Wendy's Blog

Amelia Louise Zhorne Wendy KellerToday would have been my late daughter’s 26th birthday.  Amelia died at 18 months old in the same car accident that killed her big brother Jeremy at age 4 and left me severely injured.

In the long years since her death, I learned that some days are worse than others.  I usually feel a more intense level of grief (in contrast with the daily baseline) on either of their birthdays or on March 15, the date they died.  Some years, these dates sneak up on me.  Other years, I feel storm clouds gathering for days. Like this time.

I went to bed weeping last night.  How could I have survived all this time without her?  I never got to wave goodbye on her first day of first grade…I never got to watch her graduate from college.  Would she have a serious boyfriend now? A fiance’? A husband?  Would I be a grandma?  I miss every moment of the history we didn’t have.  Every laugh.  Every time we didn’t go shoe shopping or share an ice cream. Every secret she didn’t share with me.  Every hug.

Of course I woke up thinking about her. I lay there quietly, a few tears trickling onto my pillow.  I learned from a grief counselor that one way to handle this pain is to write a letter to the deceased, so I wrote to Amelia about how much I grieve her death and all the things I’ve missed in these years.  I usually get pretty emotional when I write these.  Were it not for the birth of my next daughter Sophia, now 23,  I would strongly prefer to have died with Amelia and Jeremy.

But as I’m about to write those last words, this year it hit me for the first time.

She’s been dead 24.5 years.  In that time, I’ve successfully raised another daughter whom I love immeasurably.  I bought a house in a town I loved, all on my own after divorcing my children’s father when Sophia was 2.  I have run a successful business all these years. I provided jobs for some wonderful, smart people. I mentored some of them. I’ve personally written and had published 31 books under 9 different names.  I’ve helped +1,200 people get their own book deals and live their own dreams.  I have been a guest on many television shows – from Dr. Phil to Dateline;  hundreds of radio shows; and I’ve been featured in or written many articles in newspapers or magazines.  I even blog for the Huffington Post! I learned to speak an extra language since the children died. I resolved my issues with their father and now consider him my friend. I’ve been to Europe many times. I’ve admired great works of art and architecture. I’ve helped tens of thousands of people through blogs like this one and my website WendyKeller.com.   I’ve hiked in beautiful forests, loved deeply, made friends, built a rich, interesting, creative life for myself.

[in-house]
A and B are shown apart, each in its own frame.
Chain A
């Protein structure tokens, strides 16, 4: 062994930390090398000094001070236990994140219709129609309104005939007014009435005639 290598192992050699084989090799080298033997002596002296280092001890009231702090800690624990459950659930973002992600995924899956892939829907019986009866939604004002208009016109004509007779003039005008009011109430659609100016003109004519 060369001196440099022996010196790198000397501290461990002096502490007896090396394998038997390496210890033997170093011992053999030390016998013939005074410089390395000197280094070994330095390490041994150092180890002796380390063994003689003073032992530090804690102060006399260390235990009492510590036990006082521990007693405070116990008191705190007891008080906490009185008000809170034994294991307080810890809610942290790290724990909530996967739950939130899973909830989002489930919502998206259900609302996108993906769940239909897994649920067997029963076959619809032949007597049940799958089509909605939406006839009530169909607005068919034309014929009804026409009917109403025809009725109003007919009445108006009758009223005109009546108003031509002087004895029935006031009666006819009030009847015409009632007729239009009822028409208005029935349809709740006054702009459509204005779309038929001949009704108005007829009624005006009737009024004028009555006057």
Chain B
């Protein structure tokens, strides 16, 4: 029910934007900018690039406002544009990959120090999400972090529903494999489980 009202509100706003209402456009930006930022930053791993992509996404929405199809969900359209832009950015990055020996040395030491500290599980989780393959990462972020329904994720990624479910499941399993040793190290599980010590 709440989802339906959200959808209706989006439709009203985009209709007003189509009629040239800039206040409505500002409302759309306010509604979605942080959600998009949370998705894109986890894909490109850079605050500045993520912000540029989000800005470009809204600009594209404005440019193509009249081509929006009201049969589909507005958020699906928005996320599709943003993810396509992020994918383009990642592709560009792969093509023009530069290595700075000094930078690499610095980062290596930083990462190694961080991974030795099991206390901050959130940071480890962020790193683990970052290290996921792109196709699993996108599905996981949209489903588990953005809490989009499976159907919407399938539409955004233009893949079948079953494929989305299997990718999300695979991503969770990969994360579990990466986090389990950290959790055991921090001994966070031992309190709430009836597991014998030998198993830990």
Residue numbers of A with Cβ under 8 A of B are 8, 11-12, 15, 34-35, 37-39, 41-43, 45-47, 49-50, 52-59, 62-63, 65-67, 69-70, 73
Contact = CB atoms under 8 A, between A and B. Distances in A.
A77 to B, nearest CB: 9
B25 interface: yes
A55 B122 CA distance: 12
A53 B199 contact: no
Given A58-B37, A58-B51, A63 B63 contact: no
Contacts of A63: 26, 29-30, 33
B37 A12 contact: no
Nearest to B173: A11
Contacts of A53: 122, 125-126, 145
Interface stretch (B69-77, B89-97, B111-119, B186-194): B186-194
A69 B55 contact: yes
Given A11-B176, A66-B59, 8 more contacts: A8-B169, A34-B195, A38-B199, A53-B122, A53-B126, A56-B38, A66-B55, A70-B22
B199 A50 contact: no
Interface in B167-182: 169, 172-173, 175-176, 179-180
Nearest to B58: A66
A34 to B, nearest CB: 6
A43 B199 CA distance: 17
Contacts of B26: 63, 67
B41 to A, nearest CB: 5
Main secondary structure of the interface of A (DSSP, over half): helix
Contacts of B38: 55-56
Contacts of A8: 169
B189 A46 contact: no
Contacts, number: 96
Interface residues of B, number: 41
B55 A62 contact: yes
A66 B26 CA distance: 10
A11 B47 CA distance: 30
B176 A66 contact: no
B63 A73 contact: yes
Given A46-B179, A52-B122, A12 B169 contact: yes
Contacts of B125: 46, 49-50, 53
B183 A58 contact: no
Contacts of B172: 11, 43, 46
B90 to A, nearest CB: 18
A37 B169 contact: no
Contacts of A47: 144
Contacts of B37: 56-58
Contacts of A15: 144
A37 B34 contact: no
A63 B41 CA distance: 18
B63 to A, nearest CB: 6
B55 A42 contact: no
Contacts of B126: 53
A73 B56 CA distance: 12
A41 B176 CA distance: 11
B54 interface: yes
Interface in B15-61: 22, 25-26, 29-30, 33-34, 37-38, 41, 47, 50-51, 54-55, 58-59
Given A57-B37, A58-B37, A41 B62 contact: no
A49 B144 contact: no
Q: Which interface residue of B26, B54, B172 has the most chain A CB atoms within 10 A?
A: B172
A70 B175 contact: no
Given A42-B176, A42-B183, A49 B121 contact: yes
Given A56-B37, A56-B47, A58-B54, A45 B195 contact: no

Sure, it’s been hard. Yes, I wish it had been different, but it wasn’t.  So I did the best with what I had left.

I remember the day I realized, “I’m still alive. I may as well make the best of it.”

The things I think of as enriching, satisfying and meaningful in my life may not be the same things that you value in your life.  Yet as those moments of joy and accomplishment flooded into my mind, I realized that I have not spent these years in vain. I chose to continue living. To get back up one more day, despite the permanent hole in my heart, and do something.  What other choice did I have?

The letter to Amelia took a surprising positive upturn.  I looked at how much I’ve learned, given, and grown since she died.  I began to feel the pain clearing.  If I died today, I could be at peace knowing that despite the dreadful, heart-wrenching event of the car accident, I have made something of my life, something that means something to me.  Even though she hasn’t been here with me for so very long.

In the end, it really isn’t about what happens to us.  It’s whether we allow ourselves to process the pain and move on.  That decision makes all the difference.

Here’s my wish for you: that whatever has happened to you so far, you find a way to live in the now.

Please, please, please…comment below to share how you are handling the great anguishes and losses in your life – and what you have allowed to delight you since those events occurred.

 

 

 

 

 
  1. Wendy, I send you constant love and continuing healing light. You are a beacon in this world. Whenever I feel down or throw a pity party… I try to think of you and all you endured.. And how you were able to move on. Never forgotten but always grateful. Thank you, my friend, for,your shining compassion, sharing and love.

    • Thank for your very kind response, Doreen. I observe that all humans confront huge obstacles during the course of their lives, and they all hurt the people who are experiencing them.

      Sending you love and thanks.
      Wendy

  2. Timmie Pollock says:

    Hi Wendy. . .I don’t usually respond to posts but yours struck me as particularly timely. Im sitting in a condo in Kauai watching a rain storm. I came here with the intent of “finishing my healing” from a really nasty accident on 1/2/14.. I am very fortunate to be alive. My injuries were “catastrophic”. I was never to be the same again. . .only I have healed about 90% and am not done yet.